Reading

Speechify

The space for tools that provide the ear reading ability is a crucial one. Making these tools effective and easy to use is crucial. I am always hesitant when new tools come into the accessibility landscape, for it must prove to better than its predecessors for me to change what I introduce to my students.

This past summer, this tool named Speechify came across my path claiming to make listening to print easy. I engaged with others to try to clarify what this could do that I already couldn’t do, but was hardly swayed. I did download it but found the interface unclear for usage. Then this fall at the International Dyslexia Association Annual Conference, I was able to meet and learn more about the tools from it’s developer, Cliff Weitzman. Cliff is a graduate of Brown University and a dyslexic. To manage all the reading he had to access at Brown, he developed this tool that could take screen shots of multiple pages and turn it into its on audiobook. Upon graduating from Brown, Cliff realized that this tool could help so many others, so has brought it to the public. It took hearing him talking about this process and truly demonstrating Speechify, that sold me as to its power.

Speechify works within iOS, Macs and Chrome, with a free and paid level. It utilizes natural voices (high quality voices at paid level) and gives the user the ability to pause, skip and even adjust the speed of the read back within the tool. The speed adjustment is key for regular ear readers can train themselves to listen at increase speeds over time that can become equal to the rates at which eye reading happens for those who can access print without support. On a laptop, one can select text through highlighting or screen shots, and it automatically gets read. On an iOS device, you can take pictures of the text and the app processes it into its own audiobook. Files on a laptop can be sent to an iOS devices for listening in the go (paid level)

While Cliff first set up to address the challenges of being dyslexic, this tool can truly be of assistance to many. For those who have a lot to read and are always on the go, for those who have long commutes and want to make use of that time to digest information, or for those who do better comprehension through audio rather that visual content, Speechify is worth a try. Speechify YouTube

(Side-note: I have run into a challenge with this app while in my building, but not at home. I am hopeful we can figure out why there seems to be such an issue for I see this tool as beneficial to my students. This does not impact my admiration for Speechify, just disclosing challenges in case anyone else runs into the same issue. I am assuming it is a firewall issue.)

Voice Dream App

This app is ideal for students with language based learning disabilities.  It provides access to books with visual and auditory supports, while provided tools to annotate, take notes, and customize the reading experience.  It integrates seamlessly with Bookshare, a service that provides free books to those identified with learning disabilities.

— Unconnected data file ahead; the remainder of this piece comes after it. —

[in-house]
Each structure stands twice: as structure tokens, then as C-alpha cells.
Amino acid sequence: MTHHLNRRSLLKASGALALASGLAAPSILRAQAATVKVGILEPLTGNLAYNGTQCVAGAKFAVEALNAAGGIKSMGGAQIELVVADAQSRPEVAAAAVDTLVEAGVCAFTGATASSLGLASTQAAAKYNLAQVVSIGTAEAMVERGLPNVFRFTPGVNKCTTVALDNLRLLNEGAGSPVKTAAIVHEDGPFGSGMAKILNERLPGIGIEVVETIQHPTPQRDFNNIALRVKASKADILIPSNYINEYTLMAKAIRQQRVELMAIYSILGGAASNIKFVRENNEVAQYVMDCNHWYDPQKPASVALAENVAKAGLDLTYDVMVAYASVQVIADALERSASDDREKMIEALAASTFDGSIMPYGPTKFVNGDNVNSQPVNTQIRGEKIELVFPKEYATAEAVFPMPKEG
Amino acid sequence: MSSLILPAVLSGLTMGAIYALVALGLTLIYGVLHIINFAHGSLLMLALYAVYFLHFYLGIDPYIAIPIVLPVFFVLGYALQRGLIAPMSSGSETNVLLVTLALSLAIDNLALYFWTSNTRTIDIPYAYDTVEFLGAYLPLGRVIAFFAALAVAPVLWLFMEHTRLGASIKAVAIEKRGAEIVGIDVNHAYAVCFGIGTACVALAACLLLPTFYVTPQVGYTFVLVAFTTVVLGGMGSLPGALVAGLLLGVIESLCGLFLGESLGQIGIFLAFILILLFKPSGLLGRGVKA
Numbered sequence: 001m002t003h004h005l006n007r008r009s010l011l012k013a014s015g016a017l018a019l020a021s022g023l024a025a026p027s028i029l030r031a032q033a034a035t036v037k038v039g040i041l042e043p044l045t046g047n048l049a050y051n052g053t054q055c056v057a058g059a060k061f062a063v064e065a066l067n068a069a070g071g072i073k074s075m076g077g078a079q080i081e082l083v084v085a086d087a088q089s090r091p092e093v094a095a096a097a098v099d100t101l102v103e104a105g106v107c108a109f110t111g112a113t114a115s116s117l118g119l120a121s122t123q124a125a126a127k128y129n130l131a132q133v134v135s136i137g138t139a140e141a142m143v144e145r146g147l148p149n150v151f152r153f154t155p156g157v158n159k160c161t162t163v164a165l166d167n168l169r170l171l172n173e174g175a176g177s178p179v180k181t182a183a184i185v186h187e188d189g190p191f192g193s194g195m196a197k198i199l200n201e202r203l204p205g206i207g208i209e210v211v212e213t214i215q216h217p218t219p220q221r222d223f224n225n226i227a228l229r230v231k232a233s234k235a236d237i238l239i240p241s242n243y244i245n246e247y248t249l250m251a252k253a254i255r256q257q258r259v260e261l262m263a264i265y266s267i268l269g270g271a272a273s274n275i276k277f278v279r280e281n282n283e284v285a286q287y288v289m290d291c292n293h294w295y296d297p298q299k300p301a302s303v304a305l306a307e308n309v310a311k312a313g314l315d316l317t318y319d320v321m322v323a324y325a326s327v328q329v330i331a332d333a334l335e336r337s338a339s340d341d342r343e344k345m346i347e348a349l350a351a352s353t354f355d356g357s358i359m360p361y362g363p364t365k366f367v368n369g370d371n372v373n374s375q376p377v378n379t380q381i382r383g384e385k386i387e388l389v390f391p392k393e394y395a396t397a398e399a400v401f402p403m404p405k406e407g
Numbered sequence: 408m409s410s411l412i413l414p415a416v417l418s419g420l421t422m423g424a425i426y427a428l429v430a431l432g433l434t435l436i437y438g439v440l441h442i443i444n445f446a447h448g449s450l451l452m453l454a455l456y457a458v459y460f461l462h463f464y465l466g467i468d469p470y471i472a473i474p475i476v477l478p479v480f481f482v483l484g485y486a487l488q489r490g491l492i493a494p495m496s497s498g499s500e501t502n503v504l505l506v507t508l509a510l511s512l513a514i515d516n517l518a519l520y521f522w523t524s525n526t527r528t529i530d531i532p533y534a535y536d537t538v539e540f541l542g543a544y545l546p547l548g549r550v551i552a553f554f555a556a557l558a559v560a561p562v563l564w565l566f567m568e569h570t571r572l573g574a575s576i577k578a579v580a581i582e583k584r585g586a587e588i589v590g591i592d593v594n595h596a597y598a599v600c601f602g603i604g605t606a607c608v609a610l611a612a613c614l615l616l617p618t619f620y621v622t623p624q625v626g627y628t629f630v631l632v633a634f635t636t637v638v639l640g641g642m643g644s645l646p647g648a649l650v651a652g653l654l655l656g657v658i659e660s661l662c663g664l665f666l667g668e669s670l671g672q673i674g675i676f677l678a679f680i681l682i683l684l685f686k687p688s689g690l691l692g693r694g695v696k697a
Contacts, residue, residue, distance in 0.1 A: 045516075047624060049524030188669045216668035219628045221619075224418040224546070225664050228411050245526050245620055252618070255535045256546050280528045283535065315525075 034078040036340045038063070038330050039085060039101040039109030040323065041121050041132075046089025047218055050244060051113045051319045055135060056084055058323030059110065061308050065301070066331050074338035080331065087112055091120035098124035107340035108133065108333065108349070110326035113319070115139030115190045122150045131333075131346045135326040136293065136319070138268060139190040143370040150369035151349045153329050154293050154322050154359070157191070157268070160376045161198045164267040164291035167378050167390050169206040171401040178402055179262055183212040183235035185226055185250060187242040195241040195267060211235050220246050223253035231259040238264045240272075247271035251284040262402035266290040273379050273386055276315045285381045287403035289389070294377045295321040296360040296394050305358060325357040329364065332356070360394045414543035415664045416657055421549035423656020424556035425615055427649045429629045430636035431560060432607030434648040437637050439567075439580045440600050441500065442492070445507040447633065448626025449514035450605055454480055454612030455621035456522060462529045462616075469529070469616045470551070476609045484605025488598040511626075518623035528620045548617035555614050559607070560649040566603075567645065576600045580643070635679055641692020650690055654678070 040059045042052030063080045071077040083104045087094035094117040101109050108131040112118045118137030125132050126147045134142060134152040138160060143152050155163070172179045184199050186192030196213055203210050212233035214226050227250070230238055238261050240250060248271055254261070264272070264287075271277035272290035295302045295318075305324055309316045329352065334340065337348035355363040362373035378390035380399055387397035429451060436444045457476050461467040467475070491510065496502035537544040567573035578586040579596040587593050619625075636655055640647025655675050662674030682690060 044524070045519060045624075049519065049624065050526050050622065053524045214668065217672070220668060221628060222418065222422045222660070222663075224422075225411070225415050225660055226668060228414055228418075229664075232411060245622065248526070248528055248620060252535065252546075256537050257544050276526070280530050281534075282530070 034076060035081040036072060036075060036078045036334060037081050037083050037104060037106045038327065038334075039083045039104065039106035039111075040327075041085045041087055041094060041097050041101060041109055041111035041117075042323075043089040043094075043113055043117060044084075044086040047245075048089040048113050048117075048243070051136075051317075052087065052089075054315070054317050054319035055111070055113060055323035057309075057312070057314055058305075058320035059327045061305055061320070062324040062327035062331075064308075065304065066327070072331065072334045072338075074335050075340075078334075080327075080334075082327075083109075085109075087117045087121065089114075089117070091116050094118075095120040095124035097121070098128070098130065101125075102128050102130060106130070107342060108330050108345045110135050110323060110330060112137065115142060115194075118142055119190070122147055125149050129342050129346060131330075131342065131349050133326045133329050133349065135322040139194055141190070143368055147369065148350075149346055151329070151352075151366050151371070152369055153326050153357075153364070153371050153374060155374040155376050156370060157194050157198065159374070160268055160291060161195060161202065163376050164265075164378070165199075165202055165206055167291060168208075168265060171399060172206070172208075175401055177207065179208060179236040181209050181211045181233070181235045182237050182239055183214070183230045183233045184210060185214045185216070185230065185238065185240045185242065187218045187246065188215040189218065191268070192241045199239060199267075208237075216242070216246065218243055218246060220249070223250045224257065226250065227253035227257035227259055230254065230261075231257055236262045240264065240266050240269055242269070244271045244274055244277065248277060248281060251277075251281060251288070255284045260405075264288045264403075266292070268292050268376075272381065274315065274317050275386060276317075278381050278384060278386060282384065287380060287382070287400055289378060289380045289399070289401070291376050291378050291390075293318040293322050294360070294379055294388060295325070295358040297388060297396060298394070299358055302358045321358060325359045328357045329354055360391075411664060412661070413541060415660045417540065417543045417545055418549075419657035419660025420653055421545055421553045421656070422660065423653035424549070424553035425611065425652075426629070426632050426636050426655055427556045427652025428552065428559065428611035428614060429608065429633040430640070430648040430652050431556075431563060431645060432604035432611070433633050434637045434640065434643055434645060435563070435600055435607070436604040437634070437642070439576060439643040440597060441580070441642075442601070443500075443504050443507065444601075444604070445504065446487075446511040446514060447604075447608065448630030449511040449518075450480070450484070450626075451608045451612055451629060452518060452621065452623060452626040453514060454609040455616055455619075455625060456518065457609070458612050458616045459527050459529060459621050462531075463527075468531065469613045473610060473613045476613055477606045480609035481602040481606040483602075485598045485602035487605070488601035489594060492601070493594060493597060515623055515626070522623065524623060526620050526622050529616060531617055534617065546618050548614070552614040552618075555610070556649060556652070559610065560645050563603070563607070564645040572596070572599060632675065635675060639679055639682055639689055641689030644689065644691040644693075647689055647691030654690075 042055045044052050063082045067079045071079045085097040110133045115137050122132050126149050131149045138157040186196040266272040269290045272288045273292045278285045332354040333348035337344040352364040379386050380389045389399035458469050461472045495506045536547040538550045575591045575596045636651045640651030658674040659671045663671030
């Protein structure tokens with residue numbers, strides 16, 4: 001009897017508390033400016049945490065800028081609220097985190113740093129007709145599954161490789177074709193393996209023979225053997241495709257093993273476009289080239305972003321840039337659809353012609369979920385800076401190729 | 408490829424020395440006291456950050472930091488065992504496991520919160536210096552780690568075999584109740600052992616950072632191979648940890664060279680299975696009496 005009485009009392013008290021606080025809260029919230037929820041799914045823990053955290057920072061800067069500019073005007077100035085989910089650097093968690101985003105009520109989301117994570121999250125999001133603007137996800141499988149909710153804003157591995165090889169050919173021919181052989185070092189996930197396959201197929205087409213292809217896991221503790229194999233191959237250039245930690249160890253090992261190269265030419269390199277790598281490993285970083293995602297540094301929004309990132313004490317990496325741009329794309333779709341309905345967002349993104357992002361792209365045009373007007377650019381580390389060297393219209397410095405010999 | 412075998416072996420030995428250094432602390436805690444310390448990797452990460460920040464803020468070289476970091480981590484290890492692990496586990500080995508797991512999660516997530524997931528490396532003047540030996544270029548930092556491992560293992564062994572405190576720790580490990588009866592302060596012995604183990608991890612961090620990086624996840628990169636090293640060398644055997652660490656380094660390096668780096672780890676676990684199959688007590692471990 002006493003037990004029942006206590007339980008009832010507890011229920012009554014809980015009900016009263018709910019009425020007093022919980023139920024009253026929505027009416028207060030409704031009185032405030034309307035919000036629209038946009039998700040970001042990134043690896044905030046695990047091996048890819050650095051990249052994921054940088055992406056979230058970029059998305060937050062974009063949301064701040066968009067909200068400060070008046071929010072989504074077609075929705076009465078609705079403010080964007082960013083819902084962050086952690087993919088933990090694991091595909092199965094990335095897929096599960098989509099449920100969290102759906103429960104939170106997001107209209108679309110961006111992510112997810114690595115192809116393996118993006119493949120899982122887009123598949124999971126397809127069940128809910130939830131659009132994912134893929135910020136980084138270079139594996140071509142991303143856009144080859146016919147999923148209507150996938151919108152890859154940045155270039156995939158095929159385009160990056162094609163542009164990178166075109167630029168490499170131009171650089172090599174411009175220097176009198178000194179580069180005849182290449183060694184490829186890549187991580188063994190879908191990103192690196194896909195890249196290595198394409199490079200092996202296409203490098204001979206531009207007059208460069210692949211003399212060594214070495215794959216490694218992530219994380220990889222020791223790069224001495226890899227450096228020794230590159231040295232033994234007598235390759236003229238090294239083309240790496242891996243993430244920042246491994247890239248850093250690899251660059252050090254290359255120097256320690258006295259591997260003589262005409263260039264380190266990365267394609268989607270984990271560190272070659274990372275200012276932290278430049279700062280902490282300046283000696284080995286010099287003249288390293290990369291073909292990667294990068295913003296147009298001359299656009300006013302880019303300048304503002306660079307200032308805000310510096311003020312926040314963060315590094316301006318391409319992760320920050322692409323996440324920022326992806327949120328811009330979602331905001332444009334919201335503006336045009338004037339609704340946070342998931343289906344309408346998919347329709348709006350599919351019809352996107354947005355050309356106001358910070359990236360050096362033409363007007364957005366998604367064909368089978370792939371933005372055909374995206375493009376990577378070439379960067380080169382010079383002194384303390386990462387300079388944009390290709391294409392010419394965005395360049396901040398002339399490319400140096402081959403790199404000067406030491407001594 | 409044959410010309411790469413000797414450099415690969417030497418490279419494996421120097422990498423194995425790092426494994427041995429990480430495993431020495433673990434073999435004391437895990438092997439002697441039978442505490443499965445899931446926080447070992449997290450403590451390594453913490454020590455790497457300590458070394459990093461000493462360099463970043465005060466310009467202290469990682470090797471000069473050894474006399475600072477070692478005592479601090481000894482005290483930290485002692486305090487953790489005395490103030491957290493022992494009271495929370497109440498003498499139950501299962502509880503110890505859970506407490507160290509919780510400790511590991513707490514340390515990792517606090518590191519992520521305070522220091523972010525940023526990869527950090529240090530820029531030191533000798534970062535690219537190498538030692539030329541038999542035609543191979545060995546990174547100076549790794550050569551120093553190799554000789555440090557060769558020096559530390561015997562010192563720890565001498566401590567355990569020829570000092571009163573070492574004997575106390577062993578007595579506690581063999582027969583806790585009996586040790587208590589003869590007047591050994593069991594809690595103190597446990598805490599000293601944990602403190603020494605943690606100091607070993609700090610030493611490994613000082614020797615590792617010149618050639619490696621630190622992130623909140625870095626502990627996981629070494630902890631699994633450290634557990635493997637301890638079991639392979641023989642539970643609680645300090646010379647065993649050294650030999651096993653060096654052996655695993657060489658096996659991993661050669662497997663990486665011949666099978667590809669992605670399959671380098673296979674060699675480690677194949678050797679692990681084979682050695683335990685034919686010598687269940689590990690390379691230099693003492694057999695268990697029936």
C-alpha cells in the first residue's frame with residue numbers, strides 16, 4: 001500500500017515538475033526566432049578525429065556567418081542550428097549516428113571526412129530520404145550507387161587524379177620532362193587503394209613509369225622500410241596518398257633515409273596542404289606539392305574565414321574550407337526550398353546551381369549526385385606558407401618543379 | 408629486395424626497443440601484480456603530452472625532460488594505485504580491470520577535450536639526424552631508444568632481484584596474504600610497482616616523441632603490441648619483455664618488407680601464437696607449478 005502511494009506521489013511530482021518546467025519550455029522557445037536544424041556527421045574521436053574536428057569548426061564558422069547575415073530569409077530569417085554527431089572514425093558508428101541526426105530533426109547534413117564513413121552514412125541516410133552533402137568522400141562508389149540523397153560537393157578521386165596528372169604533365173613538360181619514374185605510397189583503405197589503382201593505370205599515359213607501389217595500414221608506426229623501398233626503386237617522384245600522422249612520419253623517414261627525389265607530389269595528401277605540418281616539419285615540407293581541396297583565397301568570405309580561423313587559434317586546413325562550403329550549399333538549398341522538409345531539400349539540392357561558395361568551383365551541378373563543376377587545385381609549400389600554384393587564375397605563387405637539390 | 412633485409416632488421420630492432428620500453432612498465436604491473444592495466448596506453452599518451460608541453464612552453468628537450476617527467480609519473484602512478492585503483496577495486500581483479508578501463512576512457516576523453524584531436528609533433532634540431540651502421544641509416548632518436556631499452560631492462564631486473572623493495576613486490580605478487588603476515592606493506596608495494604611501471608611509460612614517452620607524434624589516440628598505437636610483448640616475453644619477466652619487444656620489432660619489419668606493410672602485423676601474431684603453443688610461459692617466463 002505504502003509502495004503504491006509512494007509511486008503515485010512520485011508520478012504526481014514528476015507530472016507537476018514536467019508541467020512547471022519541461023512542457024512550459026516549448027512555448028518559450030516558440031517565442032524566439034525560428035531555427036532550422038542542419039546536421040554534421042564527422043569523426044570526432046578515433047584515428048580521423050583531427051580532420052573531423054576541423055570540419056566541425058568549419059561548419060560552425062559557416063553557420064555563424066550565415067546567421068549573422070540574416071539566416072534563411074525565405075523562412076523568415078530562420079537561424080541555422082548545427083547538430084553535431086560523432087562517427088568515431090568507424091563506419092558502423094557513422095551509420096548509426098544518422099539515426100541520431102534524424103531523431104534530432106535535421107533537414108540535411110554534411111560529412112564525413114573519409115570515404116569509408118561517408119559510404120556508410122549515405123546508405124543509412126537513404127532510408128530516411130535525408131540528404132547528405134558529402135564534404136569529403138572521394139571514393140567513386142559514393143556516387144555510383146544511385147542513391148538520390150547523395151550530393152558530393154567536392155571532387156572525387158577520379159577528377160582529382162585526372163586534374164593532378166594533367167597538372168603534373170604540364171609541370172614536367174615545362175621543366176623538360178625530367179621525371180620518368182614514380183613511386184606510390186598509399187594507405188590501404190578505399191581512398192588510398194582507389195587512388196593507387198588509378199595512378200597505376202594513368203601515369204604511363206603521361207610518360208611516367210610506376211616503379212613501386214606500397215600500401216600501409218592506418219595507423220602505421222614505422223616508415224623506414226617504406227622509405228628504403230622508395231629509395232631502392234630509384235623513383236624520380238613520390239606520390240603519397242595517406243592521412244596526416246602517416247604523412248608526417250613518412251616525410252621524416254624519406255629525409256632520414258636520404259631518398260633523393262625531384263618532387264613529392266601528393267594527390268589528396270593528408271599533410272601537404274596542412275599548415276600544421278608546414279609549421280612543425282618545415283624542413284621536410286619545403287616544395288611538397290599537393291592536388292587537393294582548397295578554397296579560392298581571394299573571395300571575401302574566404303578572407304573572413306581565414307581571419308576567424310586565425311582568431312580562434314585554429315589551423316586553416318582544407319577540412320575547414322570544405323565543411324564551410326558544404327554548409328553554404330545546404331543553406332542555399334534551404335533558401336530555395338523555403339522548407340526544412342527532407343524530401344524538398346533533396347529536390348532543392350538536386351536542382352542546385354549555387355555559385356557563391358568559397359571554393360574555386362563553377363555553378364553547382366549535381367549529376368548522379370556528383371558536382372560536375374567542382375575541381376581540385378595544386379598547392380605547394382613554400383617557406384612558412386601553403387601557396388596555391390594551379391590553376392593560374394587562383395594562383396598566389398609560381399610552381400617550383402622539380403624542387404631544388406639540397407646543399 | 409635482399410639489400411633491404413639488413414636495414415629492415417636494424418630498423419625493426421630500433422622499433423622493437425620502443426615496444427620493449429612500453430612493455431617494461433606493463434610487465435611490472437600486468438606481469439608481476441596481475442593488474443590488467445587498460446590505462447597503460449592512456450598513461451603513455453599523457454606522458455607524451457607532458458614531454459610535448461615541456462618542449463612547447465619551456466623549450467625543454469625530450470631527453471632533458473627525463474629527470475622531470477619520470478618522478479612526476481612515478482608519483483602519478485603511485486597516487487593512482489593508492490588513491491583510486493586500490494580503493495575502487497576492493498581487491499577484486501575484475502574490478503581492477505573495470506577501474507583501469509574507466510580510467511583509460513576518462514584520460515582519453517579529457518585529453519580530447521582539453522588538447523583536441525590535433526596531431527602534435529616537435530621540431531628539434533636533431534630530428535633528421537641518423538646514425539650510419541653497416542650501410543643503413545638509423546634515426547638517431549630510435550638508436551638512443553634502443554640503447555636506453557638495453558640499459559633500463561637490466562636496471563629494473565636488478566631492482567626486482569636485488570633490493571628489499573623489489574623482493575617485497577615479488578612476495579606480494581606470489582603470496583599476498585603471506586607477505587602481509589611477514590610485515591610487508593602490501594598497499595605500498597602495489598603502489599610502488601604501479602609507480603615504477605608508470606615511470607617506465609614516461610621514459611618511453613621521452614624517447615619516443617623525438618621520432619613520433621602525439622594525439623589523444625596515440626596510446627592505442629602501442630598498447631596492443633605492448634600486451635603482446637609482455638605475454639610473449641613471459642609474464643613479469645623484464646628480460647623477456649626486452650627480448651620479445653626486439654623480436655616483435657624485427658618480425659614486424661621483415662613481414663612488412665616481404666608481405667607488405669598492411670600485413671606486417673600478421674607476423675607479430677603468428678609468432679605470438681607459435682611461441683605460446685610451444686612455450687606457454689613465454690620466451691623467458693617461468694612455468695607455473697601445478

“Voice Dream Reader is by far the most feature rich mobile TTS reader. Best of all, the features are organized in an uncluttered, intuitive, highly usable way, so that what you need is always at your finger tips. All features are fully accessible with VoiceOver.” 

Claro Scan Pen

Every time I demo this app to students (and parents) it’s the “ah ha!” moment of why this app is worth its cost.  Claro has been known for their assistive technology for some time, and this app is simple and wonderful in meeting the needs of LD learners.  The app utilizes the iPad camera to take a screen shot of printed text and the text appears on the screen all ready to be read to the user.  This is a home run for providing students with independence in accessing printed text all with the touch of one button.

Newsela

Newsela is a site to access non-fiction stories and current events for a range of student ages, while being able to easily have the same content differentiated for reading level by teacher and student.  Newsela is free and articles can be printed, while there is a premium paid subscription to access more features.  Most articles also have common-core aligned quiz questions and writing prompts.  On an iPad, Newsela can be accessed through Safari, or by using their app.

Front Row

Front Row has free and premium levels of adaptive practice in reading and math.  For reading, each student initially completes a diagnostic that provides an informal level at which the student is comprehending independently.  Then, as the student selects articles, the content is automatically leveled for them.  If a teacher assigns content, the teacher can select the reading level.  There are quiz questions and writing assignments to correspond with the articles.  Articles can be selected by interest, anchor skills, and genres. With paid features, teachers can get more information within the reporting.  Additionally, there is a Word Study feature that begins with a diagnostic to place the student as they then work through skills.  This is a newer area and does not provide the teacher with information about strengths and weaknesses. On an iPad, Front Row can be accessed through Safari, or by using their app.  What I love about this is the enticement to earn the coins, it takes a significant amount of work to get the “Piggy Store” to open, and there is a time limit for how long the student has access to the store with each visit.